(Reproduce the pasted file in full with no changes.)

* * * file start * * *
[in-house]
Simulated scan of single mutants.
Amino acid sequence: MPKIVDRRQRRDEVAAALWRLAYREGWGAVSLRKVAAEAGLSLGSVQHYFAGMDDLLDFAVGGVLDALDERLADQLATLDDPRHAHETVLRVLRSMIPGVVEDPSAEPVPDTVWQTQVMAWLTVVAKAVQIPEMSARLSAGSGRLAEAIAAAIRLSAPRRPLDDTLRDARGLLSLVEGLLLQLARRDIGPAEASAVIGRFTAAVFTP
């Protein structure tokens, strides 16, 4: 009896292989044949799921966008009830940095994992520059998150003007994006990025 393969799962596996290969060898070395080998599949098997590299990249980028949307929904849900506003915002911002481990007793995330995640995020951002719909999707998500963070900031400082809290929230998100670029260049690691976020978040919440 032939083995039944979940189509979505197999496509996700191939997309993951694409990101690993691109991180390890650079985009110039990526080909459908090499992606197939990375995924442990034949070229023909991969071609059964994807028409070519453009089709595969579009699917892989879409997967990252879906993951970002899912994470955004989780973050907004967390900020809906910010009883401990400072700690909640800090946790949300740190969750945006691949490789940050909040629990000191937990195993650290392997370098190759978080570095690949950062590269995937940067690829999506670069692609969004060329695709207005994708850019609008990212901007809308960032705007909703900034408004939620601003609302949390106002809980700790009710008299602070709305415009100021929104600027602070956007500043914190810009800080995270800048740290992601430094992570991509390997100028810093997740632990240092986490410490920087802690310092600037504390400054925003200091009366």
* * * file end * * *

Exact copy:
[in-house]
Simulated scan of single mutants.
Amino acid sequence: MPKIVDRRQRRDEVAAALWRLAYREGWGAVSLRKVAAEAGLSLGSVQHYFAGMDDLLDFAVGGVLDALDERLADQLATLDDPRHAHETVLRVLRSMIPGVVEDPSAEPVPDTVWQTQVMAWLTVVAKAVQIPEMSARLSAGSGRLAEAIAAAIRLSAPRRPLDDTLRDARGLLSLVEGLLLQLARRDIGPAEASAVIGRFTAAVFTP
């Protein structure tokens, strides 16, 4: 009896292989044949799921966008009830940095994992520059998150003007994006990025 393969799962596996290969060898070395080998599949098997590299990249980028949307929904849900506003915002911002481990007793995330995640995020951002719909999707998500963070900031400082809290929230998100670029260049690691976020978040919440 032939083995039944979940189509979505197999496509996700191939997309993951694409990101690993691109991180390890650079985009110039990526080909459908090499992606197939990375995924442990034949070229023909991969071609059964994807028409070519453009089709595969579009699917892989879409997967990252879906993951970002899912994470955004989780973050907004967390900020809906910010009883401990400072700690909640800090946790949300740190969750945006691949490789940050909040629990000191937990195993650290392997370098190759978080570095690949950062590269995937940067690829999506670069692609969004060329695709207005994708850019609008990212901007809308960032705007909703900034408004939620601003609302949390106002809980700790009710008299602070709305415009100021929104600027602070956007500043914190810009800080995270800048740290992601430094992570991509390997100028810093997740632990240092986490410490920087802690310092600037504390400054925003200091009366």